region aboums in gold. The whole of this
region, with the exception of one small
tract, ii -public property, and is subject to N
the didmosition of Congress. The Presi
dent iVl irecomnmeid Mr. King's plan of
granti perinits and leases, instead of sel
Of 1 nufatutres at tihe Sout.
To F an Huni, .
di r the .ierrchant's .1taga:inr, etc.
DaIar 8sut-l have just rea(l the articles
of Mr. .iregg, in your lDecember and Jan
uary nMnbers, in which he very trsily says
that "tl.e remuneration which capital re. f
ceivee, when invested in mnanufacturing, is t
not a cliterion from which to judge of the
profits derived by the country at large."
lie tien notices the fact, that New En- i
land ha'agrown rich, not merely the stock- fi
holders,ibut the whole people, in conse. le
quence of her spirit and l' iver-.f imachi- y
nery. lut great asth-results hC G1m
to NewEngland, they are not to be com
pared with those now being produced at i
the South. I
The liNver class of New England popula. ,
tion are posgessed of energy, inventive ge
mnius, and go-ahead industry, with intellects h
brightened by a plain education; while the a
same class heae are as inert as Indolence p
and povety and total wantof education for II
ages ca nake a people; and the change .
wrought tipon such a population, by trans
posing them from their iserablo log-cab- 8
ins n the pine-woods, and equally misera- fi
ble food and raimnent, tothe state of civiliza
tion that they meet with in such a beauti
ful manufacturing village as Graniteville, t
mnuist be'ecen to be appreciated. It is no fi
wonder thtat Mr. Gregg estimates the benro-- in
fits to the body politic so highly. The
whole treet around Graniteville, three years
agowa ,wild barren waste, and the
greater ortion of the operatives almo.-t i
aborigimK-living a sort of vegetable life,
Wf littl rpfat-to themselves or others
Pres ange.:, The magic vaid of the
mr . . re aved over the rocky.bed o
thest ' r16ii . -i had spetit its Idle k0
force:- wit that valley. and up arose the Ih
ce of the spindle andtow, und :
had never bofore been sheltered by ii domi. h
cite worthy the name of a comfortablo e
house. Anid, certes, never biefore had they la
the opportunity of ollerinmg up thanks to
tCod every Sabhbath dlay ini auch a church as
eitltyoj hose now pointing their spir'-. d
lint thatajs not all. Hlere thechldren
maust attend school, and if any one is d'~
pousedl to make a brute of himself over the
whiskey cup, he must go to some oth~er r
place, for neither in store nor tavern in that g
village has that curse of the earth ever
dntered, or can ever enter until owners
The reason why thec goods from this e
tablishment have entered so suiccessfully ~
into competition with those of the Northerii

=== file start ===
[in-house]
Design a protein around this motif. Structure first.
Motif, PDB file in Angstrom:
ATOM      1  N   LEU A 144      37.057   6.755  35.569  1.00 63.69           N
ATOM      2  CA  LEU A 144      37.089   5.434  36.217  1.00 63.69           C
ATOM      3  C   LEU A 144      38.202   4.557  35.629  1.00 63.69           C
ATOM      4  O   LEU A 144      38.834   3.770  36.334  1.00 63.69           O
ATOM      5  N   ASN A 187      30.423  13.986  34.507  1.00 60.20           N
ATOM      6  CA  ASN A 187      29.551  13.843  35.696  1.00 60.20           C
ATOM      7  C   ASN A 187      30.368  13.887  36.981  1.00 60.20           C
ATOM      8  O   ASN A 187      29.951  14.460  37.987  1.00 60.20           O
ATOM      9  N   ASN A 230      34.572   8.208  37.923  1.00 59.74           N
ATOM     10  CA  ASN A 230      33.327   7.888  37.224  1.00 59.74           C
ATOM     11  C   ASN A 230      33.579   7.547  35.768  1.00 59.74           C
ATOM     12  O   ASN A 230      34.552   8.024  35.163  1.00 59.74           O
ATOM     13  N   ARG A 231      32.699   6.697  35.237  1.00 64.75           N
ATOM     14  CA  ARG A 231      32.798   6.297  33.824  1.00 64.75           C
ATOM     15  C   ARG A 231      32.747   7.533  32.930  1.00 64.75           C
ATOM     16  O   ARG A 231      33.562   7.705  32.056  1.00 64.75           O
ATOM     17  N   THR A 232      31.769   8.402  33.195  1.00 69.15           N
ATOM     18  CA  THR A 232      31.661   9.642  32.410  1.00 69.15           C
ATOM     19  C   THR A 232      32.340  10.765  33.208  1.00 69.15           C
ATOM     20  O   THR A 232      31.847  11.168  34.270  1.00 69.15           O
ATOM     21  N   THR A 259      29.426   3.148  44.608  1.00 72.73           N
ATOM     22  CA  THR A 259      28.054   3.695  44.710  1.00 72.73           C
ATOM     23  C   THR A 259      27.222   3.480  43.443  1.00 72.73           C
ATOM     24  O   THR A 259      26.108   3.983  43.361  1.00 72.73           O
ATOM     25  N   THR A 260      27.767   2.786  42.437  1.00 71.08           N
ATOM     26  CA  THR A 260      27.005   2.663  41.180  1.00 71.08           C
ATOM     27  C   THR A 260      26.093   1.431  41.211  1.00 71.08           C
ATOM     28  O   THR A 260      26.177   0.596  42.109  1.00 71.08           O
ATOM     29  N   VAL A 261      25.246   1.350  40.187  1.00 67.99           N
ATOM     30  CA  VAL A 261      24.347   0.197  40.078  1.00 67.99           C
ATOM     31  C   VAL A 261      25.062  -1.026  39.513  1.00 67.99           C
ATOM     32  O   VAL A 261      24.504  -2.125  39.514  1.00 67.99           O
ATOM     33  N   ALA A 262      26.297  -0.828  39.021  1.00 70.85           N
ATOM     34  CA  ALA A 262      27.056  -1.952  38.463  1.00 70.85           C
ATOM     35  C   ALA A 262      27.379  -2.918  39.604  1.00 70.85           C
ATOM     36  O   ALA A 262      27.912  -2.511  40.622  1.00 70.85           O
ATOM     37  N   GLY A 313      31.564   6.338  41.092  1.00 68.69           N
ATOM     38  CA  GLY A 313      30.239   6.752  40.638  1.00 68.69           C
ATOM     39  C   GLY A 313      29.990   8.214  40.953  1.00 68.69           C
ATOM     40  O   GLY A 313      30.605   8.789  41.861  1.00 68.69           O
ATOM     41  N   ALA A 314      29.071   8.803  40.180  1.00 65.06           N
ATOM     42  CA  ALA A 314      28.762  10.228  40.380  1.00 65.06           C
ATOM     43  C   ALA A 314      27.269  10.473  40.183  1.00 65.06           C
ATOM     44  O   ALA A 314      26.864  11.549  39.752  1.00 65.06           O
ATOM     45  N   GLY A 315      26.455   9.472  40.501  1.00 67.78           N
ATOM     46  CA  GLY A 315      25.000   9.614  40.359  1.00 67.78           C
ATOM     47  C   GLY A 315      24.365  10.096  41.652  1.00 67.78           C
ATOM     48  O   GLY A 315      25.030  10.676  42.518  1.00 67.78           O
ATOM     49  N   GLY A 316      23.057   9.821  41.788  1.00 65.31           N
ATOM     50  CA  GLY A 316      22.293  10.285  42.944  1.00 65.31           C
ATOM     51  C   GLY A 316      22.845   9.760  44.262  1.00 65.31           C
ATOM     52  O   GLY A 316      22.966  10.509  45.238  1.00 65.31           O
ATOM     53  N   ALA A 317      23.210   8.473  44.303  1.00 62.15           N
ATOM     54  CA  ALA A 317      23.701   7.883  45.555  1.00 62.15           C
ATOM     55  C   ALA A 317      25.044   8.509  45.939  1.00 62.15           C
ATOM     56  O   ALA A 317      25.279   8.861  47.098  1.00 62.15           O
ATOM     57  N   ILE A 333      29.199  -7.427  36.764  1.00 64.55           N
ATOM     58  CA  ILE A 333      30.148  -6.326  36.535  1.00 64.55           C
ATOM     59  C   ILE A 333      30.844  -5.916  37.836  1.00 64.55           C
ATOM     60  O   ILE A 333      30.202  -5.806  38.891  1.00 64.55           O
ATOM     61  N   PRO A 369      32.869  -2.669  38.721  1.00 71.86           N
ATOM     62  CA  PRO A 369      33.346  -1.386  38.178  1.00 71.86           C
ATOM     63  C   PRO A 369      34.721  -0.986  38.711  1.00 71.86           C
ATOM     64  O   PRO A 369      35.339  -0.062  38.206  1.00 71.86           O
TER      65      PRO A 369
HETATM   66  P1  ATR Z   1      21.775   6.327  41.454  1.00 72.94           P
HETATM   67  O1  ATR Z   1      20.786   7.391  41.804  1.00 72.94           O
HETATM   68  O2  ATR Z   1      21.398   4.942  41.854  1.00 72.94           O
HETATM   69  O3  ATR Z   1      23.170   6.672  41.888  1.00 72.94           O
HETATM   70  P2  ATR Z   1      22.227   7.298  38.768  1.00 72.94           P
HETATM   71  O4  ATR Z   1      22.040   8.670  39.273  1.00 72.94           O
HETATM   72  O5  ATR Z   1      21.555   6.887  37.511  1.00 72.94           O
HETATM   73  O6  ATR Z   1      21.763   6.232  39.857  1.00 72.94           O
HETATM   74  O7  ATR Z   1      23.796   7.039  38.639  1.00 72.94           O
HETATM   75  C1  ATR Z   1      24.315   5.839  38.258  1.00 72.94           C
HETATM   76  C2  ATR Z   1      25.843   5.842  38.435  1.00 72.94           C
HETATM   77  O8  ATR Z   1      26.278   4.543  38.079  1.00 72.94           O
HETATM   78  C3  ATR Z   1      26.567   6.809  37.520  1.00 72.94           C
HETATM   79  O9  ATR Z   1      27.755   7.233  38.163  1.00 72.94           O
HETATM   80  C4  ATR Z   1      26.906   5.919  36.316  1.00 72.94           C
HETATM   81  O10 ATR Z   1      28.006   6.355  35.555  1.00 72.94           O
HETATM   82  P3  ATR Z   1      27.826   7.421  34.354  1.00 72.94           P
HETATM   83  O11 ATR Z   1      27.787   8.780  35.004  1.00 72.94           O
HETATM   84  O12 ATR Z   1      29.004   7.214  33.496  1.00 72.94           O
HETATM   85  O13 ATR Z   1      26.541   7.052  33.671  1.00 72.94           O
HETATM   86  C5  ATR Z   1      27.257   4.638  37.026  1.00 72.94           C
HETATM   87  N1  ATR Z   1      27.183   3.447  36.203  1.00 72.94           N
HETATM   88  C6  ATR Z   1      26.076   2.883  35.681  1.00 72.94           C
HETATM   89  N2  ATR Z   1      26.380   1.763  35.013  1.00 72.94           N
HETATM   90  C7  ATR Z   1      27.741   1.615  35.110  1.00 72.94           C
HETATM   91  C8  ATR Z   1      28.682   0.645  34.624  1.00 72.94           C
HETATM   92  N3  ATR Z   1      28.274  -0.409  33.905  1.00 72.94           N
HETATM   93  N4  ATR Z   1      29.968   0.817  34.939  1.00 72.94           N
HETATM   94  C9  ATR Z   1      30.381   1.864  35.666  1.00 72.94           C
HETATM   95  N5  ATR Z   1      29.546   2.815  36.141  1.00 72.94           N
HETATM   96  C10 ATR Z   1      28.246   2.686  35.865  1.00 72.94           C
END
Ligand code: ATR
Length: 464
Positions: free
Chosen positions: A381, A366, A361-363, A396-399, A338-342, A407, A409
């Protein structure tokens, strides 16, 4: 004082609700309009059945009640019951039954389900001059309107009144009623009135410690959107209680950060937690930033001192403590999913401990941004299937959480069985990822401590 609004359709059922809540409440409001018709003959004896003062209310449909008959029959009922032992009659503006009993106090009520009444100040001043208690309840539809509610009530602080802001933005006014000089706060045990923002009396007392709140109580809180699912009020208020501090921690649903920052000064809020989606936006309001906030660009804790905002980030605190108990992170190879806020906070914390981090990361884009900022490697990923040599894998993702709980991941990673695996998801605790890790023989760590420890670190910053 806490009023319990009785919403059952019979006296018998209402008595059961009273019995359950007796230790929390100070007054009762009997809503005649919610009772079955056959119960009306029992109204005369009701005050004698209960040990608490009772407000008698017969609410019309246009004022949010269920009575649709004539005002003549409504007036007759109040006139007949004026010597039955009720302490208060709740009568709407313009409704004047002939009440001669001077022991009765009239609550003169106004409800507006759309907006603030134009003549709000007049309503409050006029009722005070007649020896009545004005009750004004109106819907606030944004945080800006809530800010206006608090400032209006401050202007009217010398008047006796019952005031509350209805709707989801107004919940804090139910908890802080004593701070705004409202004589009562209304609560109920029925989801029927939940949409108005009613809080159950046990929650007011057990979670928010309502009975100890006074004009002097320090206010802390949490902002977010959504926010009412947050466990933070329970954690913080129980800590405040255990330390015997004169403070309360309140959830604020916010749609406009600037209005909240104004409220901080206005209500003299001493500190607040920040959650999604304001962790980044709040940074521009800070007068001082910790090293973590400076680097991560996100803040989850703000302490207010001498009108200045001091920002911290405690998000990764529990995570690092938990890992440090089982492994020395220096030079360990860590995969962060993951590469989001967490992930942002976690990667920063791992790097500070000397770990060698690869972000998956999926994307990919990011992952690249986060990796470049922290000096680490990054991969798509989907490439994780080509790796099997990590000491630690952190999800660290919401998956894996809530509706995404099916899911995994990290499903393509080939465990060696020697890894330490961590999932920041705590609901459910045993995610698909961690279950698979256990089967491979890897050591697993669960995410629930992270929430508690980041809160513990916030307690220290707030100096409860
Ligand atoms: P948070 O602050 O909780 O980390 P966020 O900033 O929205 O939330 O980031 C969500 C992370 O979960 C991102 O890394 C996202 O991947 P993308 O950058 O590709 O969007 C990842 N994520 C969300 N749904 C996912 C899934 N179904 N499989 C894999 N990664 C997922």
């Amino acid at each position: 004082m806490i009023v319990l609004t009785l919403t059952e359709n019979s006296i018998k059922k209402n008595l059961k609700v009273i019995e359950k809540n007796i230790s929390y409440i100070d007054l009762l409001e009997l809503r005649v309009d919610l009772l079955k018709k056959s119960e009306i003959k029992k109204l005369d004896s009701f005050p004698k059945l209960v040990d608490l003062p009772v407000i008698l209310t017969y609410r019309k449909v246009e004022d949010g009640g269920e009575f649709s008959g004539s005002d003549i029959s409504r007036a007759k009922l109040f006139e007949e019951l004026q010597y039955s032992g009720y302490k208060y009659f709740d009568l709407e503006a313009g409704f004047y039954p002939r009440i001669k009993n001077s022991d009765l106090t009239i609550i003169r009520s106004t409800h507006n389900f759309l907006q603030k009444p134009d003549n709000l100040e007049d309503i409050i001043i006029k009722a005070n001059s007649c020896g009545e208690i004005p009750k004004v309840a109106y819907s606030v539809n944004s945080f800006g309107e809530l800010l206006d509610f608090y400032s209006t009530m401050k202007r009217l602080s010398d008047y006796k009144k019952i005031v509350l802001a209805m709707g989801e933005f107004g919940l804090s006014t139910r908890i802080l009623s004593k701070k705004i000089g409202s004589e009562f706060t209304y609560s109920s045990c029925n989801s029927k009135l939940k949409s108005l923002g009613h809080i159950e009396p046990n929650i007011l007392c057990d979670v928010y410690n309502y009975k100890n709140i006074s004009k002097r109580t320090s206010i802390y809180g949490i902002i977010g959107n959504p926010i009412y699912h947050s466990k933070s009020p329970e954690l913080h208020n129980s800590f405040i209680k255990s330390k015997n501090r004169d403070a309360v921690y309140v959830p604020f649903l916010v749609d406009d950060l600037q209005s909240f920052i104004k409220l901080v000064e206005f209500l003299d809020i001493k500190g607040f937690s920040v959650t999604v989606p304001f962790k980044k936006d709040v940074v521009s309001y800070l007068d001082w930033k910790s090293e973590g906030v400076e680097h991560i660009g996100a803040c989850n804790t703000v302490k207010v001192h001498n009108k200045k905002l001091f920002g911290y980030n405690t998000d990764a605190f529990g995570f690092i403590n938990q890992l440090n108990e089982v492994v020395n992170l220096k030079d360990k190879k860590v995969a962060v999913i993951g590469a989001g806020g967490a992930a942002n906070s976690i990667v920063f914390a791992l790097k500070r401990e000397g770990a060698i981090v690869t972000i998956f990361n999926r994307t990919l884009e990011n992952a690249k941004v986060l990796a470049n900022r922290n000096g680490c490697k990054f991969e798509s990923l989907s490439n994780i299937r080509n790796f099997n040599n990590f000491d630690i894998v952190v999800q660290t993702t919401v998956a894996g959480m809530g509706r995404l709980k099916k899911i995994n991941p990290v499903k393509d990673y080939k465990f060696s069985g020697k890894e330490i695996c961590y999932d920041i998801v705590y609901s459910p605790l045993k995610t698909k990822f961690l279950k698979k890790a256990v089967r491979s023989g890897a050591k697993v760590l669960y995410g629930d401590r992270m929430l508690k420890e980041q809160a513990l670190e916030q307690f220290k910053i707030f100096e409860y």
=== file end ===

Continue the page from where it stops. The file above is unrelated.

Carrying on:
mills, can be easily undlerstood by thoswe (
who have travelled much in thme cotton.
growitng region, as I have done. The
hiandlinrg or cotton is one continued scer~
..f waste from the time the first bolls cpenit
until the hales reach the New England cot
ton-miill, and there the picture is reversed, e
for every item, even the dirt that accumui
lated on the bales, serves to mnanure thli
soil. In the field much of the cotton is tun-M
picked until amd-winter, and much of it
blowna out, and other parts~ stained and in
jured. At the gin-house the waste is stilli
going on, and miost comnmonly is put tip ini
bagging that is more like a net than lik'
cloth3: and, after being tumibled about in thme.
mutd. and exposed to the rain, is perhaps
hauled a hundred miles, through muddy
roads, andu then tumbled out upomn the
groundi' to rest awhile before it inskes a
steamboat passage, still exposed to rain and.
dirt and smoke, and then ptut on sihore, as
I have often seen at New Orleans, ini mud a
and water (I inches deep, to stand, perhaps ,
iweek. 11y this time the sacking is ha!f
turn ofly but, notwithmstandling that, wvhen
le samplehr conmes roun d, if there is a
w hole sp'ot left, lie wdll cut a mnost. un.ii
merciful Igash into it and extract a few
o onis fromzi each hale, alt houigh theire miav
-,e a hundred al ke. Anod whlv I The sani.
des are his peninisites, and,'therefore, thme
[irgest possible qluantity that can be gouged
-ouit without ha ving it cal led stealing, i'
moust to his pirodit. The pract ice is a shrunm
tul onie, and inot oily a direct tax upon the
planters for thle amountt ta ken, but at leaveh
the balance om the hale open to injury. A'
d1I the cottomn yards, andl depots, aim
wharves, the bag~s are tumbiihl about in the
dirt, and the grounil is white with cotton